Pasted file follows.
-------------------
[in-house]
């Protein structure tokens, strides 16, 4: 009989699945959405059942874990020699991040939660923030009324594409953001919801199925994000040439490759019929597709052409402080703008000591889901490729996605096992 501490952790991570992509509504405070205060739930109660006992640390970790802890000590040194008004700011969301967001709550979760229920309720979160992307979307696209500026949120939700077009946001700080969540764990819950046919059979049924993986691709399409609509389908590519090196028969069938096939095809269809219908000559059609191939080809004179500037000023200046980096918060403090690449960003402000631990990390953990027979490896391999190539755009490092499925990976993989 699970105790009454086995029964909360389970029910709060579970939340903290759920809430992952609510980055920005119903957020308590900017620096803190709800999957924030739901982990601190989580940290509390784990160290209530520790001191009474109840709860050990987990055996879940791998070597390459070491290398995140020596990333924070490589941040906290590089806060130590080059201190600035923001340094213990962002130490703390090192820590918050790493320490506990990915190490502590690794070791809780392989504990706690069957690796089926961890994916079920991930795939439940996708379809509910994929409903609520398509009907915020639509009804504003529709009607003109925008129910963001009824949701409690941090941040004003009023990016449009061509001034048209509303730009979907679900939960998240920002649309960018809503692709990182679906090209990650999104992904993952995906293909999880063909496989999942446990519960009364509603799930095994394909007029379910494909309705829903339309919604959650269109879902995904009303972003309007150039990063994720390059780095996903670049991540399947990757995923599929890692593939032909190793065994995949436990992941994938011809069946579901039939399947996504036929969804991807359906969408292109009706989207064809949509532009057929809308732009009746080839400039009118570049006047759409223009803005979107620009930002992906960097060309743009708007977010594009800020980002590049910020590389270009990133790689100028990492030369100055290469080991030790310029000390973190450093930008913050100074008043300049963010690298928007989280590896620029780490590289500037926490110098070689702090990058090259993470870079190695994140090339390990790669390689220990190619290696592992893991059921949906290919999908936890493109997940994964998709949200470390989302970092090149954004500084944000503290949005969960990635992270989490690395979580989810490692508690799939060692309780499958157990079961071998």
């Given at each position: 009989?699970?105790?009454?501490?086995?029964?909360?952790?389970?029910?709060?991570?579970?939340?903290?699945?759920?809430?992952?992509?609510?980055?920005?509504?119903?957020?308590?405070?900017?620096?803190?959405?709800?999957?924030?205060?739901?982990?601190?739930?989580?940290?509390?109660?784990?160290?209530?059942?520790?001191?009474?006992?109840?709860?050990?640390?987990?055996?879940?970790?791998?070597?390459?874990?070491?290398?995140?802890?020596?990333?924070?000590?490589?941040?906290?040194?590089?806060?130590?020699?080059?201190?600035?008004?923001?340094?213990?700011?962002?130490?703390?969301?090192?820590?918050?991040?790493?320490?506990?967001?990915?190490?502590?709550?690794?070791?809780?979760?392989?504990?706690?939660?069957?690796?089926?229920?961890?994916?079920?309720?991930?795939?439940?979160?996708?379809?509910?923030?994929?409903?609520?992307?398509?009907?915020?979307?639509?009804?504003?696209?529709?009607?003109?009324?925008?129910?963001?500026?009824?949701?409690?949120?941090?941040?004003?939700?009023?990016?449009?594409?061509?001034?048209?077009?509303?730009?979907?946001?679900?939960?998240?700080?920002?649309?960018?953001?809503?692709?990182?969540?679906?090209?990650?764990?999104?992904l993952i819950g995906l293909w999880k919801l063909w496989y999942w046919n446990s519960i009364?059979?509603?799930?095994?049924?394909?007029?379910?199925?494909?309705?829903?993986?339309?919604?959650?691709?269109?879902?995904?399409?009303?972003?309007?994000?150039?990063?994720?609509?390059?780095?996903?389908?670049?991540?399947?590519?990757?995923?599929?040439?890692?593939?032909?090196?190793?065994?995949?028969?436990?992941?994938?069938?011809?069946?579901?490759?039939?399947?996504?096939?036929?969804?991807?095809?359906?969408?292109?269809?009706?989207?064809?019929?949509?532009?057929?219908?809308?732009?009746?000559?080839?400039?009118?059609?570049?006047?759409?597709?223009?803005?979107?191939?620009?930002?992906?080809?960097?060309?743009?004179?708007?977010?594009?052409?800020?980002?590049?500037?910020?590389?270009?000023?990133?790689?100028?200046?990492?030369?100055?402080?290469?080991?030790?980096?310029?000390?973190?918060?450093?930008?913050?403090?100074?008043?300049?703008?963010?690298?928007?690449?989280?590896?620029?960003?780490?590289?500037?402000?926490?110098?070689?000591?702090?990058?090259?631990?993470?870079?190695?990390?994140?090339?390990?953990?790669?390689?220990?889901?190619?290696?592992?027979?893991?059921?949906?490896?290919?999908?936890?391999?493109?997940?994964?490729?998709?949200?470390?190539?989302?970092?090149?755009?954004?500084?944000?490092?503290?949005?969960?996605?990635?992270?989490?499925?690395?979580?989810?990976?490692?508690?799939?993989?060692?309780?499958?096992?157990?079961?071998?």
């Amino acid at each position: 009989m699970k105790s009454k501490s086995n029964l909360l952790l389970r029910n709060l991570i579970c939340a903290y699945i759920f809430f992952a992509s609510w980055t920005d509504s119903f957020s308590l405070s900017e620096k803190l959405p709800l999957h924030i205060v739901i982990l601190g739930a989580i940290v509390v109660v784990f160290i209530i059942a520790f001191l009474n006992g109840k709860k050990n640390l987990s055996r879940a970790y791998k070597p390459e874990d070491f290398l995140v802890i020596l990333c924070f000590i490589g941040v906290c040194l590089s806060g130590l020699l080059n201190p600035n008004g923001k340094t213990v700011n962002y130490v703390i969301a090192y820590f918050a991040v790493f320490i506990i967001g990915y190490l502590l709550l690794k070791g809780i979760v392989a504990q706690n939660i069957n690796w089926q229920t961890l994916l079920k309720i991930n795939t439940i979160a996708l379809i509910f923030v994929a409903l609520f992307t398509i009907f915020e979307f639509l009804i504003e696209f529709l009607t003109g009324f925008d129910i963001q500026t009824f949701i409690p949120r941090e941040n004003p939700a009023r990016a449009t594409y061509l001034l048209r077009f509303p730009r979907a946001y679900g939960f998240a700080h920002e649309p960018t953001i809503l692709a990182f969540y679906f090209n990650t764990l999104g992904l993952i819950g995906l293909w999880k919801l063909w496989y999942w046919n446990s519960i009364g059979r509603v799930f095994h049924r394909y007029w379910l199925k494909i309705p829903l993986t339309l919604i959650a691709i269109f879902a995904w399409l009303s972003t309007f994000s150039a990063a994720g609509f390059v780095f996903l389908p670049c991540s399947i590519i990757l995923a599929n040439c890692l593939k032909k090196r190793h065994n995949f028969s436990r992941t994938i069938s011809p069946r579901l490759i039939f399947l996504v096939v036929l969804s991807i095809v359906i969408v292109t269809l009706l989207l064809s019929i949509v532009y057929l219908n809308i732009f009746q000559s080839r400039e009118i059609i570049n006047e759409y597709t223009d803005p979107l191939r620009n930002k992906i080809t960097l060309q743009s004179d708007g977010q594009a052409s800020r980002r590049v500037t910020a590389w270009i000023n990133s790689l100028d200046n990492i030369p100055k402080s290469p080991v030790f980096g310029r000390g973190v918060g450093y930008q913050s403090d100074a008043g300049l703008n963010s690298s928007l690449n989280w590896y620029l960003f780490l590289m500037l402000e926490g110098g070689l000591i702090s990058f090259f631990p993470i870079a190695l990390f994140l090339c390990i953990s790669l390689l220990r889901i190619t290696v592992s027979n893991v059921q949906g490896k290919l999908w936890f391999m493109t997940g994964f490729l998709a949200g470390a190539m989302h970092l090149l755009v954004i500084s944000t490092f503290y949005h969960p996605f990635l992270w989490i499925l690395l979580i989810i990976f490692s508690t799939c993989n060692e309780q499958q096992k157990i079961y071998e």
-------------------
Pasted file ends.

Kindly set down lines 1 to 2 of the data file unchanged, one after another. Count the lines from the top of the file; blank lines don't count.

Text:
[in-house]
């Protein structure tokens, strides 16, 4: 009989699945959405059942874990020699991040939660923030009324594409953001919801199925994000040439490759019929597709052409402080703008000591889901490729996605096992 501490952790991570992509509504405070205060739930109660006992640390970790802890000590040194008004700011969301967001709550979760229920309720979160992307979307696209500026949120939700077009946001700080969540764990819950046919059979049924993986691709399409609509389908590519090196028969069938096939095809269809219908000559059609191939080809004179500037000023200046980096918060403090690449960003402000631990990390953990027979490896391999190539755009490092499925990976993989 699970105790009454086995029964909360389970029910709060579970939340903290759920809430992952609510980055920005119903957020308590900017620096803190709800999957924030739901982990601190989580940290509390784990160290209530520790001191009474109840709860050990987990055996879940791998070597390459070491290398995140020596990333924070490589941040906290590089806060130590080059201190600035923001340094213990962002130490703390090192820590918050790493320490506990990915190490502590690794070791809780392989504990706690069957690796089926961890994916079920991930795939439940996708379809509910994929409903609520398509009907915020639509009804504003529709009607003109925008129910963001009824949701409690941090941040004003009023990016449009061509001034048209509303730009979907679900939960998240920002649309960018809503692709990182679906090209990650999104992904993952995906293909999880063909496989999942446990519960009364509603799930095994394909007029379910494909309705829903339309919604959650269109879902995904009303972003309007150039990063994720390059780095996903670049991540399947990757995923599929890692593939032909190793065994995949436990992941994938011809069946579901039939399947996504036929969804991807359906969408292109009706989207064809949509532009057929809308732009009746080839400039009118570049006047759409223009803005979107620009930002992906960097060309743009708007977010594009800020980002590049910020590389270009990133790689100028990492030369100055290469080991030790310029000390973190450093930008913050100074008043300049963010690298928007989280590896620029780490590289500037926490110098070689702090990058090259993470870079190695994140090339390990790669390689220990190619290696592992893991059921949906290919999908936890493109997940994964998709949200470390989302970092090149954004500084944000503290949005969960990635992270989490690395979580989810490692508690799939060692309780499958157990079961071998």